Oblivion screened after WW press deadlines. Critic Curtis Woloschuk would have happily remained oblivious of the film.
Critic's Grade: C-
In terms of blockbuster source material, “based on an unpublished graphic novel” may not send pulses racing, but it at least offers the allure of the unknown. After all, how many directors other than Christopher Nolan have recently convinced a studio to pony up nine figures on a sci-fi epic that wasn't already a proven commodity?
Joseph Kosinski—whose TRON: Legacy failed to make much of a commercial or critical impression—somehow convinced Universal execs to loosen their purse strings and make his unpublished comic a rendered-in-IMAX reality. And while his sophomore feature capably demonstrates his knack for envisioning and realizing alternate realms, it also confirms that he remains incapable of cobbling together a compelling story.
Oblivion kicks off in much the same fashion as Legacy: with onerous exposition. Jack Harper (Tom Cruise) dutifully informs us that it's 2077, some 60 years after Earth was decimated during an alien invasion. Proving particularly merciless, our attackers first destroyed the moon, triggering a chain of natural disasters. The surviving humans then played their trump card: “We used the nukes.”
Jack now resides with his “assigned” wife Victoria (Andrea Riseborough) in a gleaming penthouse towering over an expansive wasteland. Much like the blue-collar protagonists of Silent Running and WALL-E before him, Jack's initial objective is simply doing his job: harvesting Earth's remaining water for an off-planet colony. However, a throwaway line concerning the “mandatory memory wipes” to which he and Victoria consented is destined to boomerang back and complicate matters.
Alas, we practically have to wait until the 22nd century for the other shoe to drop and Julia (Olga Kurylenko) to crash from the heavens, claiming to be Jack's wife. In the interim, we're left to marvel at the immaculate post-apocalyptic vistas devised by Kosinski and captured by cinematographer Claudio Miranda, and to lament Cruise's continued devolution into an action movie automaton.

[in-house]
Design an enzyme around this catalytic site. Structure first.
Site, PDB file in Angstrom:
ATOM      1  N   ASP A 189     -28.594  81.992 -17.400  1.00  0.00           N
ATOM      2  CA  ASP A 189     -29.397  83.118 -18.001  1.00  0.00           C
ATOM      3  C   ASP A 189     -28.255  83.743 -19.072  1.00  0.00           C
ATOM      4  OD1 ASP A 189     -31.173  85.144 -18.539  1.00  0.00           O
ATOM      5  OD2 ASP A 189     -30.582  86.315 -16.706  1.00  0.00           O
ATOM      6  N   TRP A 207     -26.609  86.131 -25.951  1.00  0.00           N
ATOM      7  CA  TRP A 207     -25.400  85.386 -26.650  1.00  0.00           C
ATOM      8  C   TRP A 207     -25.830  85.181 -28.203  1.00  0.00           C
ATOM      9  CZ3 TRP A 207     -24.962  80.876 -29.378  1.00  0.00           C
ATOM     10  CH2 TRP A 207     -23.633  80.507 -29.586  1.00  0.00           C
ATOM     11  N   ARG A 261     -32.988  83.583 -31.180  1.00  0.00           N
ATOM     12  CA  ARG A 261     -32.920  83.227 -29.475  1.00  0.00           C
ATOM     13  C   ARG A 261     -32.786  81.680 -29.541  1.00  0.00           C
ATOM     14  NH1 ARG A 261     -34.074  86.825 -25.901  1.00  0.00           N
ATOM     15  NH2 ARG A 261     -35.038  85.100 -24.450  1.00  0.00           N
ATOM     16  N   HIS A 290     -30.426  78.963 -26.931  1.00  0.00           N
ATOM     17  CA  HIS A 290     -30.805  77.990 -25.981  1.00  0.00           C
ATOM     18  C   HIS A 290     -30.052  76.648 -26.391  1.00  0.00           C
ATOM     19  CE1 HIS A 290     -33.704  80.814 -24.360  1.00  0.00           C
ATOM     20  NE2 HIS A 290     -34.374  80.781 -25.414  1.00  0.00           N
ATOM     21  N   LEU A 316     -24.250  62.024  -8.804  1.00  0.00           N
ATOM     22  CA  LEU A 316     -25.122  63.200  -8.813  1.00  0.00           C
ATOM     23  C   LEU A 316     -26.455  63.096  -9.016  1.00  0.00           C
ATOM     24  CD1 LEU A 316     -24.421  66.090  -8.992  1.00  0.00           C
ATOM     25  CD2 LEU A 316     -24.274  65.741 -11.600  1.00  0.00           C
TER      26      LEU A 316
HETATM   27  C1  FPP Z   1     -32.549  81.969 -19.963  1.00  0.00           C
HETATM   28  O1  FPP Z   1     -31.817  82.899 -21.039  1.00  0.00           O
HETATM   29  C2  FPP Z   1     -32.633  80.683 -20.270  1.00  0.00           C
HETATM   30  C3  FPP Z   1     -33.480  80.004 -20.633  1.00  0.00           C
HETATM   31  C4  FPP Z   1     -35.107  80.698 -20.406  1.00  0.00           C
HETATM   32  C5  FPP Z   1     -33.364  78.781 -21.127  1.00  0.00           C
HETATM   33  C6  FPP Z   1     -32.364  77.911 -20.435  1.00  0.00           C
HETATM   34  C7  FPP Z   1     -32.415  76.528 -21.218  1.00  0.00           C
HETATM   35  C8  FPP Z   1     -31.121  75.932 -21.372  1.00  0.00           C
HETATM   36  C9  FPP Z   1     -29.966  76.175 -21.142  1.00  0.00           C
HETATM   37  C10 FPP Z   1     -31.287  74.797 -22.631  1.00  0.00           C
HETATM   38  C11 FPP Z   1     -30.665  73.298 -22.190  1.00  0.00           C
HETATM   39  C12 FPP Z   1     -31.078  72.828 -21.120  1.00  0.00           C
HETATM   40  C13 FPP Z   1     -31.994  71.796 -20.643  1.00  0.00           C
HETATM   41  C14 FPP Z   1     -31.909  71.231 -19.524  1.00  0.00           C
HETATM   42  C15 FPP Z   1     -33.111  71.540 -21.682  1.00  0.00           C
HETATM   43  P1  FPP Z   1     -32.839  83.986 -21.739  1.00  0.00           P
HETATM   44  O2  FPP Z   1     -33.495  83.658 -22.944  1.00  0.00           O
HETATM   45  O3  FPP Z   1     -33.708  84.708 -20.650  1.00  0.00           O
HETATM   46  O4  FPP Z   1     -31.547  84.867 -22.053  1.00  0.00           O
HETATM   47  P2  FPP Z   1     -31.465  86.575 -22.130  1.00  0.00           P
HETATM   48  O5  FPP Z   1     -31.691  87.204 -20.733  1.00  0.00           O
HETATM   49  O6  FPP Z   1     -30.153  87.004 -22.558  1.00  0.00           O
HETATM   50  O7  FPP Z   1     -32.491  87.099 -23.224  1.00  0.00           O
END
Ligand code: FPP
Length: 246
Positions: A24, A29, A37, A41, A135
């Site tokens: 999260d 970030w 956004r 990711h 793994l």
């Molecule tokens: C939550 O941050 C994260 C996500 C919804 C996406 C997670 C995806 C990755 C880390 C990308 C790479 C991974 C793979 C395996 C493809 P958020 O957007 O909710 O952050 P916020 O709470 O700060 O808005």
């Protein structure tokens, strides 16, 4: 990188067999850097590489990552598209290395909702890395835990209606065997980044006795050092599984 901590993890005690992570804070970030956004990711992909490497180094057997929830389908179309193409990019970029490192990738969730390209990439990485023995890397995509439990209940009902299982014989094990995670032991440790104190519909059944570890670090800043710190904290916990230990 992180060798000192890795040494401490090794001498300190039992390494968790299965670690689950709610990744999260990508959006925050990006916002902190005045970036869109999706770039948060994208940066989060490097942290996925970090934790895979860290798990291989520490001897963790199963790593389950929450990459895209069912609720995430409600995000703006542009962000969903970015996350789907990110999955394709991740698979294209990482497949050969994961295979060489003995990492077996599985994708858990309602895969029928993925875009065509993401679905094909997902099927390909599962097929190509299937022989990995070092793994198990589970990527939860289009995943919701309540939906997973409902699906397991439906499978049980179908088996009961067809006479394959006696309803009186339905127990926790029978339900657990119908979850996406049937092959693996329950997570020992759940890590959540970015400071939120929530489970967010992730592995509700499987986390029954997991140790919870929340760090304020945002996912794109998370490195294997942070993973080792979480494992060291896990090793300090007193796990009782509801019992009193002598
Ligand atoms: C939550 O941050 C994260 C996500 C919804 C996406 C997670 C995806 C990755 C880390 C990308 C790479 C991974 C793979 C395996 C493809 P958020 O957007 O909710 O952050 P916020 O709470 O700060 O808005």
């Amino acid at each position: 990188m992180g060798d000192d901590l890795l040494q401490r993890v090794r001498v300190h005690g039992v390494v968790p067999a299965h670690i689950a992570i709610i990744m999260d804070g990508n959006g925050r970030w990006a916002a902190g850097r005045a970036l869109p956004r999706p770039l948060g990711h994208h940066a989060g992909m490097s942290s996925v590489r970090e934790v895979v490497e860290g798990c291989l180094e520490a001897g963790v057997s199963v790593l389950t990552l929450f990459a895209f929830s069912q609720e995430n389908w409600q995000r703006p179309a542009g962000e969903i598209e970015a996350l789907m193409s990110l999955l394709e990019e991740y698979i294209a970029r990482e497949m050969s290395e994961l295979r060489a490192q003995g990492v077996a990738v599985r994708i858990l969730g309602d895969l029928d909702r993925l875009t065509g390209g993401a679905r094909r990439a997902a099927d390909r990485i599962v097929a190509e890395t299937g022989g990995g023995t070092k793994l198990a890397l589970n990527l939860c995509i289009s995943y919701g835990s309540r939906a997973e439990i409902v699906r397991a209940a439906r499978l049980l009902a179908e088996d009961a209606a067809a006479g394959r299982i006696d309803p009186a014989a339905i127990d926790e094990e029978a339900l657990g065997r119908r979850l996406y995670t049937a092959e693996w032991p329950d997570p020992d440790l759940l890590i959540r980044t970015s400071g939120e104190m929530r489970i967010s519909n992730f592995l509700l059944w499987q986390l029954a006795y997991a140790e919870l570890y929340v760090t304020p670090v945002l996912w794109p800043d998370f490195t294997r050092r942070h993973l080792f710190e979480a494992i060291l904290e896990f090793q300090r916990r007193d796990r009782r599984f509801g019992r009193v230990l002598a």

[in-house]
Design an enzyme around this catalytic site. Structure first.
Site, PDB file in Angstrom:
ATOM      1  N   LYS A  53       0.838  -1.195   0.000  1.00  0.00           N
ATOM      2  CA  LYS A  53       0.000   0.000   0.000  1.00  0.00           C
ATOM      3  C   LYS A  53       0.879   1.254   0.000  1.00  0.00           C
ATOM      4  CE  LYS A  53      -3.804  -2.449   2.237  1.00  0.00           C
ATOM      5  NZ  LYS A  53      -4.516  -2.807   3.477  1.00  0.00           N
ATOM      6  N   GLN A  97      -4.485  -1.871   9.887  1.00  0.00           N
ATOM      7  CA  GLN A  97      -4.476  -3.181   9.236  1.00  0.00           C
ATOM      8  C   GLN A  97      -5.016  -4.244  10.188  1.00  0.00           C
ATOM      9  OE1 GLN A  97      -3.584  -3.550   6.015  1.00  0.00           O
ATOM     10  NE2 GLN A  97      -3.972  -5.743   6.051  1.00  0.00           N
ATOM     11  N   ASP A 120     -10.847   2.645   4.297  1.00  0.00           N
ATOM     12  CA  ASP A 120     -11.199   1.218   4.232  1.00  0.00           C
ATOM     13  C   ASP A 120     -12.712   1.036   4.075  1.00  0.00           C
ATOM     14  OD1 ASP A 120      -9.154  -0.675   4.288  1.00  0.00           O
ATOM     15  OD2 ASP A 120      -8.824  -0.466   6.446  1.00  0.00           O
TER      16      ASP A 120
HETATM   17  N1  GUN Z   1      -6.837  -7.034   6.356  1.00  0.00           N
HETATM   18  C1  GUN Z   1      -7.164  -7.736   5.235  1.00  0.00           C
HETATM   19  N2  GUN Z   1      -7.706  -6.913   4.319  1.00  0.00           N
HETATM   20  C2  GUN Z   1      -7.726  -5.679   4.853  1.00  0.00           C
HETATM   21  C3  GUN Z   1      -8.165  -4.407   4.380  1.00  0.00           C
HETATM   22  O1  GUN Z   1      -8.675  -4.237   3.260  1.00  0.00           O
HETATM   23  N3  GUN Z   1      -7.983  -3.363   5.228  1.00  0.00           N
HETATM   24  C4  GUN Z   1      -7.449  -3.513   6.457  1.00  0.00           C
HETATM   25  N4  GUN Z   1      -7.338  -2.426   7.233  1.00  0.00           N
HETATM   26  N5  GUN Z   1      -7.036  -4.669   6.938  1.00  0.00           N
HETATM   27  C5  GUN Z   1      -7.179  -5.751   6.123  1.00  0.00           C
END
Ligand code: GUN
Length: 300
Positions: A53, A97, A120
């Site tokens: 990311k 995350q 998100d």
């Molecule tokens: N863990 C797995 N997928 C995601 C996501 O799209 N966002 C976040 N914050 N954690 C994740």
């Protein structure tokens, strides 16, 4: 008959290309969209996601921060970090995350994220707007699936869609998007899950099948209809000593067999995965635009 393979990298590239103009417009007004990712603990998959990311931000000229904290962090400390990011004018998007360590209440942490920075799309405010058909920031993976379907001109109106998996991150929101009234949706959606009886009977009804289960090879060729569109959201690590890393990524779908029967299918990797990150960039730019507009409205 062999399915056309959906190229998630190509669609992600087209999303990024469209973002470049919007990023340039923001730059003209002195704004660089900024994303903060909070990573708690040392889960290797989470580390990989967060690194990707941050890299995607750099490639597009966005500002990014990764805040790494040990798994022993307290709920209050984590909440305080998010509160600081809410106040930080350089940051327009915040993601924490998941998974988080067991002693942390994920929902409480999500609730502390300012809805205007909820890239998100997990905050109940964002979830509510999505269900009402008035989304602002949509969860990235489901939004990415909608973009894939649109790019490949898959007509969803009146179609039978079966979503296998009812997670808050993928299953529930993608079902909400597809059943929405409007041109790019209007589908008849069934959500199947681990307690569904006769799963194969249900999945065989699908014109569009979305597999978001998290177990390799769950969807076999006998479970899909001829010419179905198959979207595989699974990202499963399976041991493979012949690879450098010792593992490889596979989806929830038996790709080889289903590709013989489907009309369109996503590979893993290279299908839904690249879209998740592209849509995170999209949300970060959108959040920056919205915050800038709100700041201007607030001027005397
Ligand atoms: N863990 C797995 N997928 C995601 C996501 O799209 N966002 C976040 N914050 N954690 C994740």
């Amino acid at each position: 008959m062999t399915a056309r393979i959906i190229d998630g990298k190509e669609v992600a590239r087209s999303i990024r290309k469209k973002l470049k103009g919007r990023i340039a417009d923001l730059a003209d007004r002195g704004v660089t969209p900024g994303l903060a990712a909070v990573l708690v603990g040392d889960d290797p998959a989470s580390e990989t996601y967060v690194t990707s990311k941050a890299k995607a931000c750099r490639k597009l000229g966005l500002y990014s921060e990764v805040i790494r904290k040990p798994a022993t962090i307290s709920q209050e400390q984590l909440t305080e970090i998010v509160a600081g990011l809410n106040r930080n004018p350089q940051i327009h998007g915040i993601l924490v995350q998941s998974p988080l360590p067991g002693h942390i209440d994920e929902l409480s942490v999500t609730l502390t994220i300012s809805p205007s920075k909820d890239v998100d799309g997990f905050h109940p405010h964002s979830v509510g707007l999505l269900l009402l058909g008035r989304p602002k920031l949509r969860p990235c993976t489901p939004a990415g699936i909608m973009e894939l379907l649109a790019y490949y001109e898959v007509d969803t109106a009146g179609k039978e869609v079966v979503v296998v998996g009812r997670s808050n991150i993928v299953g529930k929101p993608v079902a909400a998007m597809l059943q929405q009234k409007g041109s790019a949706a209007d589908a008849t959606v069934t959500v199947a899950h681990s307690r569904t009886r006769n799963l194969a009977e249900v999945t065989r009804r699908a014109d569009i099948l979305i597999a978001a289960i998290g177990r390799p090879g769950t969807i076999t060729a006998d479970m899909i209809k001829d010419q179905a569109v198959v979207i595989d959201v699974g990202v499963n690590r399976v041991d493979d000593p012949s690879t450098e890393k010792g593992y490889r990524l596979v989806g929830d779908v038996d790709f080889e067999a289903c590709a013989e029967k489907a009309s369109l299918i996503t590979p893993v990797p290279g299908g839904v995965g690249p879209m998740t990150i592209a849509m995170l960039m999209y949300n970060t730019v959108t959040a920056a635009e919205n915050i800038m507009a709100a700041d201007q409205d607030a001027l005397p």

Where Cruise once went to great lengths (i.e. Magnolia's running time) to demonstrate his emotive capabilities, he's now reluctant to betray even the slightest hint of weakness. Given Kosinski's predilection for stocking his films with ciphers, clones and holograms, it's incumbent on the leading man to supply the lion's share of the humanity. Unfortunately, Cruise has little interest in complying. Radiating dangerous levels of intensity, he comically growls “Dream of us” to an intimate, as if he were issuing a direct order.
Forsaking its languid pace in its second hour, Oblivion piles on dodgy plot developments and largely unsurprising “revelations.” While nothing here may be as it seems, it's also relatively easy to figure out. Deprived of notable adversaries, Jack skirmishes with ornery drones that bear an unfortunate resemblance to The Black Hole's B.O.B. Never once is anything as dramatic as M83's pulsing, synth-heavy score would have us believe. Nor is anything as dizzying as TRON: Legacy's nightclub brawl, the one scene in which Kosinski has fulfilled his ambitions of melding the infinite possibilities of comic books with the vibrant immediacy of cinema.
Oblivion is too somber to cater in escapist thrills and too vacuous to offer emotional or intellectual engagement. While an impressive showcase of post-apocalyptic aesthetics, it proves utterly lifeless.